Hamilton History

The history of the Hamilton Walking Tractor is murky. What is known is that Rush Hamilton of Healdsville, CA, (near Geyserville) invented the concept of “spiked” drive wheels, and patented it in 1915 when he formed the Hamilton Tractor Co. About 10 years later, the wheels were called “Hamilton wheels” when used on a Fordson, but it’s unclear if that’s how the wheels were designated when Hamilton first invented them.

He also patented a Hamilton tractor transmission, among other patents. Tom says he talked to Geyserville old-timers who had known Rush Hamilton. “They said he was an inventor, and spent most of his time in San Jose, and invented the spiked wheels,” Tom says.

Early literature says the tractor was actually field-tested, unlike many others of that era (which led to the Nebraska Tractor Tests), and then improved based on test results, before it was manufactured for sale to the public.

An article in Volume 37, 1910, of Automotive Industries said the tractor was originally intended to tow wagons. However, every known photo of the front-wheel-drive machine shows it plowing.

It is unclear whether Hamilton ever tried to sell the early Hamilton tractor through his own company, Hamilton Tractor Co., which was formed Nov. 20, 1916. What is known is that Rush Hamilton joined Fageol Motors Co. when it was formed in 1916, and FMC acquired the rights to manufacture his patents.

The Walking Tractor, also called an Orchard Tractor, was, says Eli Bail in “Fageol” in Motor Coach Age, November/December 1991, “The first product of the new company … that rode on spiked driving wheels and was promoted as a ‘walking tractor’ because it mimicked the walking action of the horse when the long spikes (or grousers) on the front (or drive wheels) of this machine, struck the soil and lifted and moved the tractor.”

Tom says one of the articles he read described those big grousers as kind of rototilling the ground. Automotive Industries corroborates: “Instead of flattening ground in front of the plow or harrow or other machinery being pulled, this tractor drew its farm implements along after having loosened up the soil.”

Much of the history of the Hamilton tractor is mixed up with its successor, the Fageol tractor, which had spiked wheels on the rear drive wheels, as opposed to the spikes, or grousers, on the front of the Hamilton Walking Tractor. Tractor Operating Book and Directory of 1919 by C. De Sparks seemed to have some of the same confusion, as its Fageol Motors Co. page does not include a photo of the tractor, while almost all other machines cited are pictured.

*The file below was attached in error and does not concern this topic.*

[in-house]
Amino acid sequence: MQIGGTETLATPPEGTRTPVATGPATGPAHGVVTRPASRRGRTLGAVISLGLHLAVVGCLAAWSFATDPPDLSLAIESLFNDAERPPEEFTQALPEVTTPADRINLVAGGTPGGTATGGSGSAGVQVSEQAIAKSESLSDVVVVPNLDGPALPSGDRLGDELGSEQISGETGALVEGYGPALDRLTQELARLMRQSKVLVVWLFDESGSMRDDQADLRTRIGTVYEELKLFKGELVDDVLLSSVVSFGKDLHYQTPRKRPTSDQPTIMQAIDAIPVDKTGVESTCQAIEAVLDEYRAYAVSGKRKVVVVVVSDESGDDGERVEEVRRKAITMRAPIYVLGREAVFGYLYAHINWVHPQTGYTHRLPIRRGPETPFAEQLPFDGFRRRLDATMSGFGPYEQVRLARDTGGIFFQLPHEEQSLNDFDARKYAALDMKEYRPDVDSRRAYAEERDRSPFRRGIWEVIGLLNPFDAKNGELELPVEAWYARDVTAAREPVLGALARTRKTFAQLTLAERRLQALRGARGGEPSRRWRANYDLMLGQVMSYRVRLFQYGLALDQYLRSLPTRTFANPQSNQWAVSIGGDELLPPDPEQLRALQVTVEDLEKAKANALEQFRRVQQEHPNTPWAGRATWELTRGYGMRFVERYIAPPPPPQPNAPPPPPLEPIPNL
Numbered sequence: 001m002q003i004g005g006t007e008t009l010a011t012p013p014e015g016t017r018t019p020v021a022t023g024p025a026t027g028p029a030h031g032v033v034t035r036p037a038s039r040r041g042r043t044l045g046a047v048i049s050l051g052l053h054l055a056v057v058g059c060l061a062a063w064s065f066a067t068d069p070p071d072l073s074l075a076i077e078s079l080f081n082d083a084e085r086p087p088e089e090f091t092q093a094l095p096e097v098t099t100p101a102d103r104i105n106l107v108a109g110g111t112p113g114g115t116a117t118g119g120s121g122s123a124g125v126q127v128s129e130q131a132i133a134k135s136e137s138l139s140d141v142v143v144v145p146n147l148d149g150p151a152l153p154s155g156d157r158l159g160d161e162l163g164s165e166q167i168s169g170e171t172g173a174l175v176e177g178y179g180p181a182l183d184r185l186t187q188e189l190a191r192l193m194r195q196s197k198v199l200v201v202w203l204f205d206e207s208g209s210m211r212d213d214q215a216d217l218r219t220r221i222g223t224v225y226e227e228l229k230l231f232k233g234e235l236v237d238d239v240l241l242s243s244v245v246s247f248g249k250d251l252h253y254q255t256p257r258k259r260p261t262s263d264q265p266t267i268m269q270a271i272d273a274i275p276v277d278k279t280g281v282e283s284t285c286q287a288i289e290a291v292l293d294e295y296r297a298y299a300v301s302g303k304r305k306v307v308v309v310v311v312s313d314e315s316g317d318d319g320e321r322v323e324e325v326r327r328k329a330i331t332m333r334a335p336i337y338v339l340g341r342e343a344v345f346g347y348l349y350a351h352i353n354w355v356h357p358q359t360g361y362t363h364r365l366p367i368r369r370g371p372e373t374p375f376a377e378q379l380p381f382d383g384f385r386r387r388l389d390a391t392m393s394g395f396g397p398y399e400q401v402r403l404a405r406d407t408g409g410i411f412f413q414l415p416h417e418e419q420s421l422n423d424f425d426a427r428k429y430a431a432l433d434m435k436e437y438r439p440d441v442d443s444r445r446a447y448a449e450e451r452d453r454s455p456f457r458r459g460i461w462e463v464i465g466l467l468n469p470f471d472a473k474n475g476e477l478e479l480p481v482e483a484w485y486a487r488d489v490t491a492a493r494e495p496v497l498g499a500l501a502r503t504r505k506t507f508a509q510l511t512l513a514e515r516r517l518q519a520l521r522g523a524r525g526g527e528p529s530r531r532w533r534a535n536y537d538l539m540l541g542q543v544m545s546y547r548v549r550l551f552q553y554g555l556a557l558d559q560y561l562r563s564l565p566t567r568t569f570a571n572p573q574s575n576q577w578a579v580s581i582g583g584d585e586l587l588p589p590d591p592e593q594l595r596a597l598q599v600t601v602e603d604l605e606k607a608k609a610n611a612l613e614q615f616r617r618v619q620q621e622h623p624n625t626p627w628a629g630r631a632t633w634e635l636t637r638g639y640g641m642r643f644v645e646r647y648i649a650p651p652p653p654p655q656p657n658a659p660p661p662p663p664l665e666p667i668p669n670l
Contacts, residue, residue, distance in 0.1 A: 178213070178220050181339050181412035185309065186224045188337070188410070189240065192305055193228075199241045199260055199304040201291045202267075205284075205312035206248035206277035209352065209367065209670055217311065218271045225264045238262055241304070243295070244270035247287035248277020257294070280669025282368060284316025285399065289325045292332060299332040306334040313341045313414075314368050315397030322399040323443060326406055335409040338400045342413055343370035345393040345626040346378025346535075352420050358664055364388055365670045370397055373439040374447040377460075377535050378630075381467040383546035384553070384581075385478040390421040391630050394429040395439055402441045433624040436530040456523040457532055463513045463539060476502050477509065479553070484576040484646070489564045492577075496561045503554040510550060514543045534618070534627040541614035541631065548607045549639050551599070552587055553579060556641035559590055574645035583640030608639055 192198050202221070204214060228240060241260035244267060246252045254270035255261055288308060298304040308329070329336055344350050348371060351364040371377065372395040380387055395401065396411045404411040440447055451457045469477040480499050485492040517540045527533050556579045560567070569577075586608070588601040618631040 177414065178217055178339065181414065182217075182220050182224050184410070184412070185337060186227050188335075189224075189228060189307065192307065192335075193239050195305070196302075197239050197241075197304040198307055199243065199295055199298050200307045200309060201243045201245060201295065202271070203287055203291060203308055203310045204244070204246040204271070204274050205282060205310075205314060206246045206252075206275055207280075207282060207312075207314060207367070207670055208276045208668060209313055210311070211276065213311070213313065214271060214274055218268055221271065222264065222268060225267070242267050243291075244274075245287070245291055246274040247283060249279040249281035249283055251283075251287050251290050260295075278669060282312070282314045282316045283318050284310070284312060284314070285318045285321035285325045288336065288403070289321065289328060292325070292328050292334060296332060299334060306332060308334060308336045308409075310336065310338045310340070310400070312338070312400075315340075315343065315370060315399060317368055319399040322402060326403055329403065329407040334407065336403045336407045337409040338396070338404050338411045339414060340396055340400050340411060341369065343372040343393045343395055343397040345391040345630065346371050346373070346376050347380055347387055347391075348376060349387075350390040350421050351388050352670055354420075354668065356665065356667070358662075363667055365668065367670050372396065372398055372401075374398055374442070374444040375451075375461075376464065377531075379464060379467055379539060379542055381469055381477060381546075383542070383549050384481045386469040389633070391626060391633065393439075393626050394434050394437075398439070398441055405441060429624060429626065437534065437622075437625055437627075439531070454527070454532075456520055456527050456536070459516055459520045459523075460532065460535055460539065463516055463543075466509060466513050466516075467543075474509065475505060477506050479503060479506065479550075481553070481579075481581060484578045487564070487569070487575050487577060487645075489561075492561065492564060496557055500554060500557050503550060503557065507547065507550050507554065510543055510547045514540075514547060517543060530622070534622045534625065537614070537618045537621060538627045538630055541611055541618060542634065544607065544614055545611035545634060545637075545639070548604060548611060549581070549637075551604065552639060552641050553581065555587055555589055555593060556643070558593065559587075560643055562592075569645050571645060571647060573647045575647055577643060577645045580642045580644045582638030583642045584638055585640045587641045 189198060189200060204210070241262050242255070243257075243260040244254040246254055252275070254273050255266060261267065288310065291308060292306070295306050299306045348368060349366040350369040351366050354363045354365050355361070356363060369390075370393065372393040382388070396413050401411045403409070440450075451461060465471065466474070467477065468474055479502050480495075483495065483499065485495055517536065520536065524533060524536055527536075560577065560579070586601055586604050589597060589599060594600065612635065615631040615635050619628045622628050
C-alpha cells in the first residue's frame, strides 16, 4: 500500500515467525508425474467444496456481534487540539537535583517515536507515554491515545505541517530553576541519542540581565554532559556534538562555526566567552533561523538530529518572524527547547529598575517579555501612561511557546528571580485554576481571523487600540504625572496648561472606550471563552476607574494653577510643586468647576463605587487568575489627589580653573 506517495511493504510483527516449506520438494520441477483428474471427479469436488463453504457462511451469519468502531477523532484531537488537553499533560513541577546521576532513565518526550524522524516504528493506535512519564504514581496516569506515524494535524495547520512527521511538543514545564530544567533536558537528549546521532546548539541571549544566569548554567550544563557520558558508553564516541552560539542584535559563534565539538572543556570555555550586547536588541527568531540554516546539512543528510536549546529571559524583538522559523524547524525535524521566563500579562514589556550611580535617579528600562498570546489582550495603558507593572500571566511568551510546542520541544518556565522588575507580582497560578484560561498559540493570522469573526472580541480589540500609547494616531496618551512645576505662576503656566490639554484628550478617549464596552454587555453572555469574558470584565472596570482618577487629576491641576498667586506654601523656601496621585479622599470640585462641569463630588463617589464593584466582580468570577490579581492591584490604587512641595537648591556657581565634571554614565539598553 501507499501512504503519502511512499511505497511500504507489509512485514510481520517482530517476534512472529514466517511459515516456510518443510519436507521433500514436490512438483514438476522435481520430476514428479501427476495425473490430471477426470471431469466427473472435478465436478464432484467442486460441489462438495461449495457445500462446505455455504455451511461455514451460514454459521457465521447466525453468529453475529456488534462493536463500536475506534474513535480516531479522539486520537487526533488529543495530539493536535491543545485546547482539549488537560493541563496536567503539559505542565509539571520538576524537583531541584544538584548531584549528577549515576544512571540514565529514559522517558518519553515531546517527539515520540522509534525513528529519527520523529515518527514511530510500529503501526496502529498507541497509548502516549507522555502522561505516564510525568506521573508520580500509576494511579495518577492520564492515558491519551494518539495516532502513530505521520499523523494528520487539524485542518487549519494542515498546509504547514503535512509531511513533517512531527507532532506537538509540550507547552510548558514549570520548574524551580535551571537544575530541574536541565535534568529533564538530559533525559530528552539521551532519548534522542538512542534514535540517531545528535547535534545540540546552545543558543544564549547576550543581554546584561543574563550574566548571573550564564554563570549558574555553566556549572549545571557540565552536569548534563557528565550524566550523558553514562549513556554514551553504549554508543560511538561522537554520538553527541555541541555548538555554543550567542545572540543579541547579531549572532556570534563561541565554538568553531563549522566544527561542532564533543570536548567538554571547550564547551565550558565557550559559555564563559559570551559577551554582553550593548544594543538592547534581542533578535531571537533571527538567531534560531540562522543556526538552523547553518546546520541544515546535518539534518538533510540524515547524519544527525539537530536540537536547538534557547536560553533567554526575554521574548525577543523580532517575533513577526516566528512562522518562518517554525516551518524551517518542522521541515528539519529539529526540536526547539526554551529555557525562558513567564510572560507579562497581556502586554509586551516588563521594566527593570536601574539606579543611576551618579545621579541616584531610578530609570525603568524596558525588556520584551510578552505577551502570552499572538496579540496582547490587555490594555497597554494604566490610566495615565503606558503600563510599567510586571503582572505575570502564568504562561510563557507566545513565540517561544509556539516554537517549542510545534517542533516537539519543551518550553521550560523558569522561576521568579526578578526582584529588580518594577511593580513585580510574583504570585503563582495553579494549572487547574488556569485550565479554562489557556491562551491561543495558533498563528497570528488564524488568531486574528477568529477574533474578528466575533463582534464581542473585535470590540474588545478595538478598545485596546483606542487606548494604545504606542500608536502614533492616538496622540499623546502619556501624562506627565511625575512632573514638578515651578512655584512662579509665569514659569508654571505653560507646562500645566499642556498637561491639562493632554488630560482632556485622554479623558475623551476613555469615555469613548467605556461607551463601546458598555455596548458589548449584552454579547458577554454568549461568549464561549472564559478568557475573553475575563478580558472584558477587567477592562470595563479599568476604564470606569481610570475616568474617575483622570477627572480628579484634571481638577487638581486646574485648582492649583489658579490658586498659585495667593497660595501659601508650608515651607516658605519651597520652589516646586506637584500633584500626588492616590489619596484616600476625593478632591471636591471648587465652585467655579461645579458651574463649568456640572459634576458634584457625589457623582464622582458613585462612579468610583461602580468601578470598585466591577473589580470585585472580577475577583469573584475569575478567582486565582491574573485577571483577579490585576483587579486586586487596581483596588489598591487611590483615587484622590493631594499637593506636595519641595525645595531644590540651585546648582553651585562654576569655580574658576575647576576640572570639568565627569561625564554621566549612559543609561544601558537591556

The text discusses the “Fageol Walking Tractor,” an apparent reference to the Hamilton Walking Tractor – which at this point could probably be called the “Hamilton-Fageol Walking Tractor” – because the words describe the machine as one of 6-12 hp. All other references to Fageol tractors called them 9-12 hp tractors or 10-15 hp tractors. Also, the wheels were simply described as “two walking wheels, 48 inches high,” but text did not identify whether they were front-driving wheels or rear-driving.

To complicate matters even more, the successor Fageol rear-wheel drive tractor of 9-12 hp was also called a “Walking Tractor” in later literature. Its rear drive wheels were the same diameter (48 inches) as the Hamilton Walking Tractor’s front drive wheels. Engine information didn’t help much either, as the early Hamilton Walking Tractors had a couple different engines.

The obvious difference between the Hamilton Walking Tractor of front-wheel drive and the Fageol Walking Tractor of rear-wheel drive was articulation. The Hamilton had it; the Fageol didn’t.

Hamilton-Fageol Tractor Specifications

The Hamilton was low to the ground, and according to advertising literature it could go anywhere.

In Vintage Tractor Album No. 2, Nick Baldwin writes that “the first (Fageol) tractor was basically a two-wheel power plant with a ride-on dead axle at the rear steered by gearing around a quadrant at the back of its frame. A plate on the front described it as the Hamilton tractor. … The tractor was described by the British technical press in 1917, although whether any of them were imported into Britain is unknown, but is unlikely. It cost $1,085 in its homeland, where it was classed as being equivalent to a four-horse team. It had a pressed steel frame, 4-cylinder engine, and drive to the wheels by internal gearing, all of which ran immersed in oil. Despite weighing only 1,730 pounds, it exerted a considerable drawbar pull, thanks to special chisel-like stakes, which could be covered with bands for road traveling.”